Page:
[N]o group had such strong - or sharply divergent - views as the military's 3,000 chaplains, who provide spiritual guidance to the men and women in uniform.
The debate highlights the delicate position of the chaplains, who must balance the demands of their faiths with the reality of a diverse military. ...
The authors of the report noted that only three out of the 145 chaplains who participated in focus groups suggested that they would quit or retire if the law were changed. Many chaplains expressed opposition to a repeal, while many others said they would not object, according to the report.
"In the course of our review, we heard some chaplains condemn in the strongest possible terms homosexuality as a sin and an abomination, and inform us that they would refuse to in any way support, comfort, or assist someone they knew to be homosexual," the report stated. "In equally strong terms, other chaplains, including those who also believe homosexuality is a sin, informed us that 'we are all sinners,' and that it is a chaplain's duty to care for all Service members."
Read that again: chaplains stated they would refuse to support or assist a gay person, simply because they are gay. Putative men of God. I find that disgusting.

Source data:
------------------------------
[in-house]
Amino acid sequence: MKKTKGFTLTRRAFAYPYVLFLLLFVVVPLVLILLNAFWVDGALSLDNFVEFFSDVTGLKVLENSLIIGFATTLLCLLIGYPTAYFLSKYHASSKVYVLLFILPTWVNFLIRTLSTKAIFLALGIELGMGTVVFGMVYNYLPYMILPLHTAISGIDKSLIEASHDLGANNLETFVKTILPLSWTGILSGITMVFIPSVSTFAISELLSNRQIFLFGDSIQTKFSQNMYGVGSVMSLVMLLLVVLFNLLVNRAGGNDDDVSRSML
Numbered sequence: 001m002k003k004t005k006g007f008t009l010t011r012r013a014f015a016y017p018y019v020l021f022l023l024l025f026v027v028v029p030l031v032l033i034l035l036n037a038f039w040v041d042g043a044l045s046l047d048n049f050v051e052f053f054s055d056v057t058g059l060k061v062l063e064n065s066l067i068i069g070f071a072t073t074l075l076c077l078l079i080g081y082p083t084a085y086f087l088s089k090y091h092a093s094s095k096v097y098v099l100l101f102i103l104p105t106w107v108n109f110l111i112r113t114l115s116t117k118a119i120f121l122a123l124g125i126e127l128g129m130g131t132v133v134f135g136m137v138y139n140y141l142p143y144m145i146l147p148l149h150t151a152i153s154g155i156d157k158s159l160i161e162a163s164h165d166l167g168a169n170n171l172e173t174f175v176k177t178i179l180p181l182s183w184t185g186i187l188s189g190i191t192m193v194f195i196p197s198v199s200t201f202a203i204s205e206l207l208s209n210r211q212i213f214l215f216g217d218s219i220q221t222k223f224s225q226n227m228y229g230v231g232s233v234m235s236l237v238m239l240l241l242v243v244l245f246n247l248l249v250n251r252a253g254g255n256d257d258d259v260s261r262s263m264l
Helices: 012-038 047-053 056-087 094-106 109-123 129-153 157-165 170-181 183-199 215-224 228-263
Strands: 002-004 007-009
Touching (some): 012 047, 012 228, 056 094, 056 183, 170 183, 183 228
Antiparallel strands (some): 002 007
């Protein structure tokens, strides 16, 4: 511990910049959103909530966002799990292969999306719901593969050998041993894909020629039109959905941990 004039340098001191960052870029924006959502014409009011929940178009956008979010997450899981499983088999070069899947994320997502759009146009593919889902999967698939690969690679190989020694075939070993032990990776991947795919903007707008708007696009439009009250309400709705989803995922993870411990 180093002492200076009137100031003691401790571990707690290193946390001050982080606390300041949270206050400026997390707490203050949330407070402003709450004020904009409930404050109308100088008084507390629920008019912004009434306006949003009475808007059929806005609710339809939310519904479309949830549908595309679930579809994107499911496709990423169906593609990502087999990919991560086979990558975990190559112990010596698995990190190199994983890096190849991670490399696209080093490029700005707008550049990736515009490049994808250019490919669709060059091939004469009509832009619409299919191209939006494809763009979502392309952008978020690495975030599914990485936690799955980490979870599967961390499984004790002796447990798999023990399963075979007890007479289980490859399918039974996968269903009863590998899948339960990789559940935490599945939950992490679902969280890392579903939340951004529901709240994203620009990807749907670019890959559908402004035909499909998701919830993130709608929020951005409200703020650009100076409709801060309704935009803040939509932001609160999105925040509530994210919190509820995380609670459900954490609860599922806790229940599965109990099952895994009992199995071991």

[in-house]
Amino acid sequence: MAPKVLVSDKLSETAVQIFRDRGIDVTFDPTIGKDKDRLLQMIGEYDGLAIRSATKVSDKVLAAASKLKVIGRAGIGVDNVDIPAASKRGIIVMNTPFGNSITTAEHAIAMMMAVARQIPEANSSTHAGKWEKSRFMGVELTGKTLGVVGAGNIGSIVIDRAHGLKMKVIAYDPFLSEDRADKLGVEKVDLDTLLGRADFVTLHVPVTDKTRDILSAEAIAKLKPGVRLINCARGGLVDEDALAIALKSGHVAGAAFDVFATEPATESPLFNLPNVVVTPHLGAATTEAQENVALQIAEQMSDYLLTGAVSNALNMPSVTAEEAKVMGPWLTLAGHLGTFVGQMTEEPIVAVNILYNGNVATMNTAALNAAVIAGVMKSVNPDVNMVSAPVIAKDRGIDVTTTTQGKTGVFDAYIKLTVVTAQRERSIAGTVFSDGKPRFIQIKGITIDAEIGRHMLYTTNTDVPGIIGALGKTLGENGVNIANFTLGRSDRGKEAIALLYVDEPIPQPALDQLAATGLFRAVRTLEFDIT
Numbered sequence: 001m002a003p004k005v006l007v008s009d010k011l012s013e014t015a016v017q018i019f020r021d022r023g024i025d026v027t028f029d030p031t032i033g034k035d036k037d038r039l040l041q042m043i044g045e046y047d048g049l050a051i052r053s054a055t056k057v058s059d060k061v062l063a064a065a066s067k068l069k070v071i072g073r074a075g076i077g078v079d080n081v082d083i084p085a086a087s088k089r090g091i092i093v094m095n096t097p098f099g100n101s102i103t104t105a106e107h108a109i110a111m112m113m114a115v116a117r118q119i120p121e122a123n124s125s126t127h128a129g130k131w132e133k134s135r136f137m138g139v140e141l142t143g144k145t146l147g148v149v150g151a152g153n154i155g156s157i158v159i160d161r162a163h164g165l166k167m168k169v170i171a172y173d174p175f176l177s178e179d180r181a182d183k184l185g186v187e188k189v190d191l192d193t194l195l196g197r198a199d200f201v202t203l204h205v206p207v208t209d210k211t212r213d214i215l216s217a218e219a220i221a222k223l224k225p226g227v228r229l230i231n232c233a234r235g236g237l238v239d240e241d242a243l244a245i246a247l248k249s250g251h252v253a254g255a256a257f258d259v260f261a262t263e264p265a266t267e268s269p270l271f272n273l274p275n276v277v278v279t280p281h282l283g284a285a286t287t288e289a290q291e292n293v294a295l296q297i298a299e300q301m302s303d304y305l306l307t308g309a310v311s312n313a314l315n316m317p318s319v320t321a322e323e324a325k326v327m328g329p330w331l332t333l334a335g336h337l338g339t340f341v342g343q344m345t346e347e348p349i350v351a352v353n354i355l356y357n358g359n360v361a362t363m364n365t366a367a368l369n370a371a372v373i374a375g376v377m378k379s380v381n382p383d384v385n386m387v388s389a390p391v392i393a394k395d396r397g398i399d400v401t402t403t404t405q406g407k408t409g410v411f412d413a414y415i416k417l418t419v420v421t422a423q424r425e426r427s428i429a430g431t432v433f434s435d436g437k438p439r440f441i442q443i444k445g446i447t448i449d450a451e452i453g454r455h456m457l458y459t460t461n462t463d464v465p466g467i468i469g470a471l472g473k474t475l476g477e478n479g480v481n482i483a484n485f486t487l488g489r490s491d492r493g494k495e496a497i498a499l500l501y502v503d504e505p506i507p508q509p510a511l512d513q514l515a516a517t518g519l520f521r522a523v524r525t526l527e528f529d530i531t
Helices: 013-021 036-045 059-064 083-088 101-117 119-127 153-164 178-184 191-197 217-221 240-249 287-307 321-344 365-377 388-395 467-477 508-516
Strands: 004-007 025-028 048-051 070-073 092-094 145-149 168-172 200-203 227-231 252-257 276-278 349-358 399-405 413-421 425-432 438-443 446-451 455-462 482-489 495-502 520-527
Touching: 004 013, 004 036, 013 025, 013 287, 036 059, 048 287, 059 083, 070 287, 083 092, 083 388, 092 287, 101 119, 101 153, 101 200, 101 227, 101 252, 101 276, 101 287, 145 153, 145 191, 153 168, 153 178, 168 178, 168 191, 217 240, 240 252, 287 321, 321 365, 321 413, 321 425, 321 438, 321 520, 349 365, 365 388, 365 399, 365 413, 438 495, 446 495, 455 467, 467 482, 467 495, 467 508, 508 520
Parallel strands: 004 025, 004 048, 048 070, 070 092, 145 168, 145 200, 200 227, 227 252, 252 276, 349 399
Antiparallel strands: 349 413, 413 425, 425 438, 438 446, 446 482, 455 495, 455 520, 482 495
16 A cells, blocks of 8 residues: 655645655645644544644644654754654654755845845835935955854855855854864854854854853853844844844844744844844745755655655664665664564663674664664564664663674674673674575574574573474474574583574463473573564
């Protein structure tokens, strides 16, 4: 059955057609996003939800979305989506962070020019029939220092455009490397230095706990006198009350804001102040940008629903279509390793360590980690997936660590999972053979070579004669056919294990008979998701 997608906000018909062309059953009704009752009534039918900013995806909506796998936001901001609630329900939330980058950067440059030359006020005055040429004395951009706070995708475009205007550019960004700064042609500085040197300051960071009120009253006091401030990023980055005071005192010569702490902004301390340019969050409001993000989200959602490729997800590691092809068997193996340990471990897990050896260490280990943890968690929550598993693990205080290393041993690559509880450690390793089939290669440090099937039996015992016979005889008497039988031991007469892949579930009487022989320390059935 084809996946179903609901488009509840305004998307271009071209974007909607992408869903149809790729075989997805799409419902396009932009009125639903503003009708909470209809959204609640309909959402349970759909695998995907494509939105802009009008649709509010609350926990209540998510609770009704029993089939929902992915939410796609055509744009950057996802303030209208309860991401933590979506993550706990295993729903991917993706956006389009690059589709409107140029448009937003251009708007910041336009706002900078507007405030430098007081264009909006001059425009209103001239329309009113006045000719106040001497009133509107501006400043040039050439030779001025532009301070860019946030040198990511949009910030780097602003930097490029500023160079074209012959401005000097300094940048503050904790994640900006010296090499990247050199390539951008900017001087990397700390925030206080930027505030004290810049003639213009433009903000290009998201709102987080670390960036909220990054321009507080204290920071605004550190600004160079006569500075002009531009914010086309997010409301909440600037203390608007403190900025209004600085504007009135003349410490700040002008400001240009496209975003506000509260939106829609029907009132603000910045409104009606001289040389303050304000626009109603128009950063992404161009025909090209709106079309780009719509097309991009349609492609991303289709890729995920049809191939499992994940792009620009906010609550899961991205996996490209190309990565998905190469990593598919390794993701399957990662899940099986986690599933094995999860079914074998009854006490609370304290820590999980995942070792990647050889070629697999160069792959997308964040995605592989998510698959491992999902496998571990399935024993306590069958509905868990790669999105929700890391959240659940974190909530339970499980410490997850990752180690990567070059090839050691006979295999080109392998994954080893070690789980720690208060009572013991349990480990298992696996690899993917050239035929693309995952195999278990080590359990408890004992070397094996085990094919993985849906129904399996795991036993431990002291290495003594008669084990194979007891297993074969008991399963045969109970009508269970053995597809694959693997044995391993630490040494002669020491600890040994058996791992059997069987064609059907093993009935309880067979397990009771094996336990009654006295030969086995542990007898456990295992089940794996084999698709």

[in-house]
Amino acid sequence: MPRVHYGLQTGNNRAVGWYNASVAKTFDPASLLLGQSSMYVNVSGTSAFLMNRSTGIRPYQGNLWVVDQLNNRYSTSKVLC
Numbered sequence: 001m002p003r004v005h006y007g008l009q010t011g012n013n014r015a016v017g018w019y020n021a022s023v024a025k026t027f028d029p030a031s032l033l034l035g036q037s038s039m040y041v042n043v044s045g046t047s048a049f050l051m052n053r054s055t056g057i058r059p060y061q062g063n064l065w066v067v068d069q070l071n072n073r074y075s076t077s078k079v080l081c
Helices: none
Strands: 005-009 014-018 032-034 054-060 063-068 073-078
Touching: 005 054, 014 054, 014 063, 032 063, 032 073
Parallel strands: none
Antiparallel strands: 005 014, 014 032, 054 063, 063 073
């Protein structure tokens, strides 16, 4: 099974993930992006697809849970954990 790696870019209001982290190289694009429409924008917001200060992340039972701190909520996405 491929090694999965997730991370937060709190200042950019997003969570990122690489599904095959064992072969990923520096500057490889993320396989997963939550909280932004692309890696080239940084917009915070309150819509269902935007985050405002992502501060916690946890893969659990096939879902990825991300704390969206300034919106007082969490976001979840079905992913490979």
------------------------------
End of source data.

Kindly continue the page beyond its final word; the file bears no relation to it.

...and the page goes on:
...The report's authors wrote that the opposition was not insurmountable, arguing that "the reality is that in today's U.S. military, people of sharply different moral values and religious convictions - including those who believe Jesus Christ is the Son of God and those who do not - and those who have no religious convictions at all, already co-exist, work, live and fight together on a daily basis."How could they rebuke it? It's TRUE. At this point, it's worth reminding readers that there is a real problem with right-wing Christianity in the military, especially in the Air Force.
The assertion drew a sharp rebuke from Christian groups....
The WaPo article concludes,
Those who advocate in favor of repeal say that the ranks of chaplains are much more conservative than the rank and file and that their opinions should not prevent a change in policy.Too bad this degree of rationality isn't on display in Washington.
"The U.S. military is not a religious institution. It is a civilian government organization," said the Rev. John Gundlach, a retired captain and Navy chaplain. "My position on this is, if they can't handle this change, they're in the wrong ministry setting."
The hearings concluded with a divergent set of views from the military brass, a clear preference for legislative over judicial action, and one statement that they were unanimous on: if the law changes, they'll enforce it.